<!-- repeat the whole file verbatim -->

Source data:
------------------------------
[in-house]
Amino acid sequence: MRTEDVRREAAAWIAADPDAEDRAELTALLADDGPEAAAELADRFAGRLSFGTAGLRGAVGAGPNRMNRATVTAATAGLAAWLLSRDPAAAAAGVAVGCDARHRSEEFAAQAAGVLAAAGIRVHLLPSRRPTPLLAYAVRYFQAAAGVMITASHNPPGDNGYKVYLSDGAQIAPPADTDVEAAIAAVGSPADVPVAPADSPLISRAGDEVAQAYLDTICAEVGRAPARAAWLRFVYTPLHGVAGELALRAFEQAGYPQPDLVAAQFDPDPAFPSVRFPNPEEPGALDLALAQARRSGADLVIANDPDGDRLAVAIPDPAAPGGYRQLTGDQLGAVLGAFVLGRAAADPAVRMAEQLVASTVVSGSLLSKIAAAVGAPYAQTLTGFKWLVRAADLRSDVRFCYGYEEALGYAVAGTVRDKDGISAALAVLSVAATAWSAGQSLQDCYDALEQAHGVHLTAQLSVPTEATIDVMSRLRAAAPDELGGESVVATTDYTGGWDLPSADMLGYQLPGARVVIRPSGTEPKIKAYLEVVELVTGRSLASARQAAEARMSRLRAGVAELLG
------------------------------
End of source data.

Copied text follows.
[in-house]
Amino acid sequence: MRTEDVRREAAAWIAADPDAEDRAELTALLADDGPEAAAELADRFAGRLSFGTAGLRGAVGAGPNRMNRATVTAATAGLAAWLLSRDPAAAAAGVAVGCDARHRSEEFAAQAAGVLAAAGIRVHLLPSRRPTPLLAYAVRYFQAAAGVMITASHNPPGDNGYKVYLSDGAQIAPPADTDVEAAIAAVGSPADVPVAPADSPLISRAGDEVAQAYLDTICAEVGRAPARAAWLRFVYTPLHGVAGELALRAFEQAGYPQPDLVAAQFDPDPAFPSVRFPNPEEPGALDLALAQARRSGADLVIANDPDGDRLAVAIPDPAAPGGYRQLTGDQLGAVLGAFVLGRAAADPAVRMAEQLVASTVVSGSLLSKIAAAVGAPYAQTLTGFKWLVRAADLRSDVRFCYGYEEALGYAVAGTVRDKDGISAALAVLSVAATAWSAGQSLQDCYDALEQAHGVHLTAQLSVPTEATIDVMSRLRAAAPDELGGESVVATTDYTGGWDLPSADMLGYQLPGARVVIRPSGTEPKIKAYLEVVELVTGRSLASARQAAEARMSRLRAGVAELLG